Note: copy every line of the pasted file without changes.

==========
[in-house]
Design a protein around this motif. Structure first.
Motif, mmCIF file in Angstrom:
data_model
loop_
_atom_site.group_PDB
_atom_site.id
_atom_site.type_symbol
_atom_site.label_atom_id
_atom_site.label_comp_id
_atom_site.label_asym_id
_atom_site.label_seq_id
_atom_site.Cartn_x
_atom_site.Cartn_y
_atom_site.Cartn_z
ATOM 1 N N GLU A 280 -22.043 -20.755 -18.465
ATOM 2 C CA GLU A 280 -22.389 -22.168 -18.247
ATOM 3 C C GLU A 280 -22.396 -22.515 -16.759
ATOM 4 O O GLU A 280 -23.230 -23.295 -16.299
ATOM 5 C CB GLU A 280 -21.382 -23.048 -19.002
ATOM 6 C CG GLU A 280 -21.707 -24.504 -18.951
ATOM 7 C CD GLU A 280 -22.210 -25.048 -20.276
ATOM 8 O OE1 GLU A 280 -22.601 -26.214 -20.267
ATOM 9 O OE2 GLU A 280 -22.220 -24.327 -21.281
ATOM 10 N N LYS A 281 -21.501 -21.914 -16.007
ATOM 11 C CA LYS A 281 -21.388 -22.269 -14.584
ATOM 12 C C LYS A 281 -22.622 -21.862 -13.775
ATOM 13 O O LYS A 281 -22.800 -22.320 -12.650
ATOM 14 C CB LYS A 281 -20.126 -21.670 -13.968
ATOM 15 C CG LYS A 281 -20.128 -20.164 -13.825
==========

[in-house]
Design a protein around this motif. Structure first.
Motif, mmCIF file in Angstrom:
data_model
loop_
_atom_site.group_PDB
_atom_site.id
_atom_site.type_symbol
_atom_site.label_atom_id
_atom_site.label_comp_id
_atom_site.label_asym_id
_atom_site.label_seq_id
_atom_site.Cartn_x
_atom_site.Cartn_y
_atom_site.Cartn_z
ATOM 1 N N GLU A 280 -22.043 -20.755 -18.465
ATOM 2 C CA GLU A 280 -22.389 -22.168 -18.247
ATOM 3 C C GLU A 280 -22.396 -22.515 -16.759
ATOM 4 O O GLU A 280 -23.230 -23.295 -16.299
ATOM 5 C CB GLU A 280 -21.382 -23.048 -19.002
ATOM 6 C CG GLU A 280 -21.707 -24.504 -18.951
ATOM 7 C CD GLU A 280 -22.210 -25.048 -20.276
ATOM 8 O OE1 GLU A 280 -22.601 -26.214 -20.267
ATOM 9 O OE2 GLU A 280 -22.220 -24.327 -21.281
ATOM 10 N N LYS A 281 -21.501 -21.914 -16.007
ATOM 11 C CA LYS A 281 -21.388 -22.269 -14.584
ATOM 12 C C LYS A 281 -22.622 -21.862 -13.775
ATOM 13 O O LYS A 281 -22.800 -22.320 -12.650
ATOM 14 C CB LYS A 281 -20.126 -21.670 -13.968
ATOM 15 C CG LYS A 281 -20.128 -20.164 -13.825